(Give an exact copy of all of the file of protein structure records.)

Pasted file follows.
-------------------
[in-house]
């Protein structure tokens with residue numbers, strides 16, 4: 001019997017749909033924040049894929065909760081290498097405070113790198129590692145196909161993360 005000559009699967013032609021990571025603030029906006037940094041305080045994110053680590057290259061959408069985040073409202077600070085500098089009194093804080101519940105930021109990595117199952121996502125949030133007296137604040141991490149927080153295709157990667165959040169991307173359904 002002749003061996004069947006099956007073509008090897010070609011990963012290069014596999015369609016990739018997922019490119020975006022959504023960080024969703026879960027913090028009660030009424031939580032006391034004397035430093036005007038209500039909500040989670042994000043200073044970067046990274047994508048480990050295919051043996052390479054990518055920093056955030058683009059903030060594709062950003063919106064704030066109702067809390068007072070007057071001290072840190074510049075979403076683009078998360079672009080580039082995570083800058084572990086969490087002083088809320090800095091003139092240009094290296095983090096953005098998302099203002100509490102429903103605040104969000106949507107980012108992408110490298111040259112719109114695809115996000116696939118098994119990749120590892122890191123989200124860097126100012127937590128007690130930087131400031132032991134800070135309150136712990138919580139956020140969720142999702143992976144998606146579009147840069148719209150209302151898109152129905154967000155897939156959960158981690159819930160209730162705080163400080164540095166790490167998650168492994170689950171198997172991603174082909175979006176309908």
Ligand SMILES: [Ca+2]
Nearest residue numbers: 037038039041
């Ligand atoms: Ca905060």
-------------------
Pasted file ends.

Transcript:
[in-house]
């Protein structure tokens with residue numbers, strides 16, 4: 001019997017749909033924040049894929065909760081290498097405070113790198129590692145196909161993360 005000559009699967013032609021990571025603030029906006037940094041305080045994110053680590057290259061959408069985040073409202077600070085500098089009194093804080101519940105930021109990595117199952121996502125949030133007296137604040141991490149927080153295709157990667165959040169991307173359904 002002749003061996004069947006099956007073509008090897010070609011990963012290069014596999015369609016990739018997922019490119020975006022959504023960080024969703026879960027913090028009660030009424031939580032006391034004397035430093036005007038209500039909500040989670042994000043200073044970067046990274047994508048480990050295919051043996052390479054990518055920093056955030058683009059903030060594709062950003063919106064704030066109702067809390068007072070007057071001290072840190074510049075979403076683009078998360079672009080580039082995570083800058084572990086969490087002083088809320090800095091003139092240009094290296095983090096953005098998302099203002100509490102429903103605040104969000106949507107980012108992408110490298111040259112719109114695809115996000116696939118098994119990749120590892122890191123989200124860097126100012127937590128007690130930087131400031132032991134800070135309150136712990138919580139956020140969720142999702143992976144998606146579009147840069148719209150209302151898109152129905154967000155897939156959960158981690159819930160209730162705080163400080164540095166790490167998650168492994170689950171198997172991603174082909175979006176309908």
Ligand SMILES: [Ca+2]
Nearest residue numbers: 037038039041
């Ligand atoms: Ca905060």